According to Global Financial Integrity (GFI), a Washington DC-based research firm, around US$ 6 billion was siphoned off from Bangladesh through underhand business manipulations in 2015. According to United Nations Conference on Trade and Development (UNCTAD), in 2015, around 36 per cent of Bangladesh's tax money was siphoned off.

It is not only the ‘begums’ the ‘sahebs’ who are deciding to stay outside of the country. A number of big business conglomerates have been shifting their business and offices to Singapore, Thailand and Malaysia. Many have shifted their wealth to Europe, America, Canada and Australia. This is not only unique to the rich people of Bangladesh. This tendency is prevalent among the rich of the developing G-77 countries, said Transparency International.

We can understand the explanations of why poor people cross the borders, why they roam around in forests and seas. They leave their countries due to lack of proper jobs or there is no scope to change their lot in life with the available opportunities. Maybe some have sellable land but no sure scope for investment. Still, this exit of poor people is not forever. Almost all the expatriate workers return home one day. But the chance of these 'elite' people returning is slim. People like PK Halder, who have embezzled a huge sum, might return when they find it convenient. But many might never return to face the allegations of embezzlement.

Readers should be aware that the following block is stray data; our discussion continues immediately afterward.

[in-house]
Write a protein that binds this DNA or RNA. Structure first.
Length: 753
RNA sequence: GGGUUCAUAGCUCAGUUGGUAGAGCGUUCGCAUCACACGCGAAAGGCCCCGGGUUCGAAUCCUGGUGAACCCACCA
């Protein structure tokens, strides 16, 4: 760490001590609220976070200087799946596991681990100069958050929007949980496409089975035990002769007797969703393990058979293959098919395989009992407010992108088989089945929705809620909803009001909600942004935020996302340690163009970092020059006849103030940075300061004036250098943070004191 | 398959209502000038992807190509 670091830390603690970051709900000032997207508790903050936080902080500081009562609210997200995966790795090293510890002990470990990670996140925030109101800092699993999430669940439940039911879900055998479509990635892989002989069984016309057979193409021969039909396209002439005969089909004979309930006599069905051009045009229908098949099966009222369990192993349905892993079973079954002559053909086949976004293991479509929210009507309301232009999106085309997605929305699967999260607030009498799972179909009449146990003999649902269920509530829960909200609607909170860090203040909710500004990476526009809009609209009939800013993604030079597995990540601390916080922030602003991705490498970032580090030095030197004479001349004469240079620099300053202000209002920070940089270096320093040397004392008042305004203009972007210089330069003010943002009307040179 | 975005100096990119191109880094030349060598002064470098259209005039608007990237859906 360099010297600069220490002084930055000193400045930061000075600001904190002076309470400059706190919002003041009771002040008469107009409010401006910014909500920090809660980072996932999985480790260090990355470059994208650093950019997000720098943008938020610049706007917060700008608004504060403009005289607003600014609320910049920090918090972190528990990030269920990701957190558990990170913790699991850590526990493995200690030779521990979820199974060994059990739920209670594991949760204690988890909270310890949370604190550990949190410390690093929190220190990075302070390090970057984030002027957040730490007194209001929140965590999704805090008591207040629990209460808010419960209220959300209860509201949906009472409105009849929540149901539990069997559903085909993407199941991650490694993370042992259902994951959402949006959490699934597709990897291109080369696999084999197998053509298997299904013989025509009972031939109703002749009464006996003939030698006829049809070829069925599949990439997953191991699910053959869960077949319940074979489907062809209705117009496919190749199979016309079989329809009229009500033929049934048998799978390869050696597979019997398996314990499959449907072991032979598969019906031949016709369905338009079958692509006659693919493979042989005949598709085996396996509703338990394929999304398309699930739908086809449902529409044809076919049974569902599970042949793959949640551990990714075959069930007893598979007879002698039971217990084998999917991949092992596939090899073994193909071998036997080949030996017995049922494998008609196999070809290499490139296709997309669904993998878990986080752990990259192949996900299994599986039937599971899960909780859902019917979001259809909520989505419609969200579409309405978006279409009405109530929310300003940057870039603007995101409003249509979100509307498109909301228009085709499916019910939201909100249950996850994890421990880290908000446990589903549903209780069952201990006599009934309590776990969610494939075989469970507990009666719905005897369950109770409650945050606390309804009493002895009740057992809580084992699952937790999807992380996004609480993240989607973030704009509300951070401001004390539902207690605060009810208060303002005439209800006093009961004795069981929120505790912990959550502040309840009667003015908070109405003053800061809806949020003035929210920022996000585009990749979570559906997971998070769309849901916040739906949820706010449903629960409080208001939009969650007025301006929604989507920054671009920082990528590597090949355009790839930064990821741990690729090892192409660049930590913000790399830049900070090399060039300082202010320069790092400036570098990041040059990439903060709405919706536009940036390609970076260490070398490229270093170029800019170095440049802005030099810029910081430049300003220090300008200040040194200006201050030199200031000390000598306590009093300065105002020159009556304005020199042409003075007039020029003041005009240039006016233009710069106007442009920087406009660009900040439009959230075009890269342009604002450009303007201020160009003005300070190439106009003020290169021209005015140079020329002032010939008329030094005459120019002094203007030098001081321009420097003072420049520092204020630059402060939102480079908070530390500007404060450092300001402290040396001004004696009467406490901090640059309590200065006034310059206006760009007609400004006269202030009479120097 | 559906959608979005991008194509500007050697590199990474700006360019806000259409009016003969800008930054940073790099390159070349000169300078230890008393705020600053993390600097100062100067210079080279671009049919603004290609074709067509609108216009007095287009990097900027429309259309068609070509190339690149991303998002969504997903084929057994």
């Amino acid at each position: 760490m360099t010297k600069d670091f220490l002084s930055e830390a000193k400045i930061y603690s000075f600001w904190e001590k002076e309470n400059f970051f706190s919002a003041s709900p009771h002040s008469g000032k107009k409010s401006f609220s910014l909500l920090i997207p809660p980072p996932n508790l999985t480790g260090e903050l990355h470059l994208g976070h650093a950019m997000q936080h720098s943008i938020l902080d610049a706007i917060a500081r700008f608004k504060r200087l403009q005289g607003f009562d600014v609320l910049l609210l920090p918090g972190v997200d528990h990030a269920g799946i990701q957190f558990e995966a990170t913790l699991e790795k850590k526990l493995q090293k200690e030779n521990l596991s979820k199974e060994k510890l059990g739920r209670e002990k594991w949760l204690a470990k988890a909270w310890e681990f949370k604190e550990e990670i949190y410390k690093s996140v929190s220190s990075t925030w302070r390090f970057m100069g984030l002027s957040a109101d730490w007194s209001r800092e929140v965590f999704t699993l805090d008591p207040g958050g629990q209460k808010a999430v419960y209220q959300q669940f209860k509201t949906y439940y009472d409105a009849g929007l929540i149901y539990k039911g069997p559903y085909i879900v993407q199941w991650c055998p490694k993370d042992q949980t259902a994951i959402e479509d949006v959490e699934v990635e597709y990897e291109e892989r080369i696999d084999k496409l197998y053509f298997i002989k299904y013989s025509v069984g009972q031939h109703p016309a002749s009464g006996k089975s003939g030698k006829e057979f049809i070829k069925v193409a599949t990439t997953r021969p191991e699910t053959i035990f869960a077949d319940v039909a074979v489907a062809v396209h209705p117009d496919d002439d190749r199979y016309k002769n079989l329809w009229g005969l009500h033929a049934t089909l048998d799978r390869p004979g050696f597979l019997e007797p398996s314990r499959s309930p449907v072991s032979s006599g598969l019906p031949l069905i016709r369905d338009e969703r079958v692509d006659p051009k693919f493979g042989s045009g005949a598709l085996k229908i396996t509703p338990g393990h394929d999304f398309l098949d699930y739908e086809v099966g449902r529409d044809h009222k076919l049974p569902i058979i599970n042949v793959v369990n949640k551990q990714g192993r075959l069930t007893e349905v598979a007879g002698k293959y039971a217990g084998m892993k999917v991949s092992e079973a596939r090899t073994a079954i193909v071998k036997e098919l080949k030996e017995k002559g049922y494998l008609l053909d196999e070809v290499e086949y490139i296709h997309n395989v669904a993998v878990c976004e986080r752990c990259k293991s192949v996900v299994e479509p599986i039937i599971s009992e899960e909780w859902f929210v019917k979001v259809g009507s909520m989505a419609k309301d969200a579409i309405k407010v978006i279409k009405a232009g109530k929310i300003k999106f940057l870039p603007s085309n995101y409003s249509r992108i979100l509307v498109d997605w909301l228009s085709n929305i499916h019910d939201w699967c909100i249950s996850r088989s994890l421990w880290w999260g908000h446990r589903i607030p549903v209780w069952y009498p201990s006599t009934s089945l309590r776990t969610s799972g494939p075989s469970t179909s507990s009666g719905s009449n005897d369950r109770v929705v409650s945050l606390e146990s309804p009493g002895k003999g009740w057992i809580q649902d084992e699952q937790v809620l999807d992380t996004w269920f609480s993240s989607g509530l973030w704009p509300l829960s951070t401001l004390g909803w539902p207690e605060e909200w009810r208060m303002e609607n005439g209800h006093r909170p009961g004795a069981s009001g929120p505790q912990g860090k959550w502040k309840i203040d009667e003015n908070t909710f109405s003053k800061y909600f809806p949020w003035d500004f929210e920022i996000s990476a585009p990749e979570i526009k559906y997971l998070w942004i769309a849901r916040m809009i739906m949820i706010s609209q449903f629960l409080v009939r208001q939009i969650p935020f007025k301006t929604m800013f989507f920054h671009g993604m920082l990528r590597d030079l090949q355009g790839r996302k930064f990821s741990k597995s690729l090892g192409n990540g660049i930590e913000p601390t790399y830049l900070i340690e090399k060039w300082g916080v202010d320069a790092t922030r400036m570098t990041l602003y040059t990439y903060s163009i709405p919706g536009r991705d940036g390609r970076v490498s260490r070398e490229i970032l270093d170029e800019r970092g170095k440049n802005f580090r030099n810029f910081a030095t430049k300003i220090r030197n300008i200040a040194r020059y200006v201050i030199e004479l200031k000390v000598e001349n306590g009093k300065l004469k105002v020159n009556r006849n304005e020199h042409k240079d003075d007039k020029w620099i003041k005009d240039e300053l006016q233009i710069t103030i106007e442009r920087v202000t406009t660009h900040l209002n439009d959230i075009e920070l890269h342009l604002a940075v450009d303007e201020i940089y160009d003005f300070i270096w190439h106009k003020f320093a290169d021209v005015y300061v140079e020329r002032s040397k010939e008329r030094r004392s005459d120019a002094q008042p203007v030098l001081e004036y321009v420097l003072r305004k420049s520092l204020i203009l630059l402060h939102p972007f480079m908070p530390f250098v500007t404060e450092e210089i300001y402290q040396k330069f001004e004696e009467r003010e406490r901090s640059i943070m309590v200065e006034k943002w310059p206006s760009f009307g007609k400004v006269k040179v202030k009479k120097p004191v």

The problem can no longer be seen as a problem of corruption only. This is about the existence of the country. Keeping aside the political considerations, the question could be asked from pure economic grounds as well: when do the rich and powerful people of a country consider it not suitable to stay in the country? When do the powerful people of a developing nation do not see their future in their own country? When do they revoke their investment and buy nationality of another country in the investor quota? They do not even keep their families in their own country. The last step is that inauspicious moment when they forsake even their citizenship, if there is no chance of dual citizenship. The number of ‘sahebs’ and ‘begums’ is more than we know.

Does this mean, the elite class of this country think there is no future of this country? Their money made in this country is no longer safe here? Or, whether they have committed so much corruption that they are leaving the country fearing any future accountability? Are they no longer think this country as their? Is this the reason of the birth of ‘Begumpara’?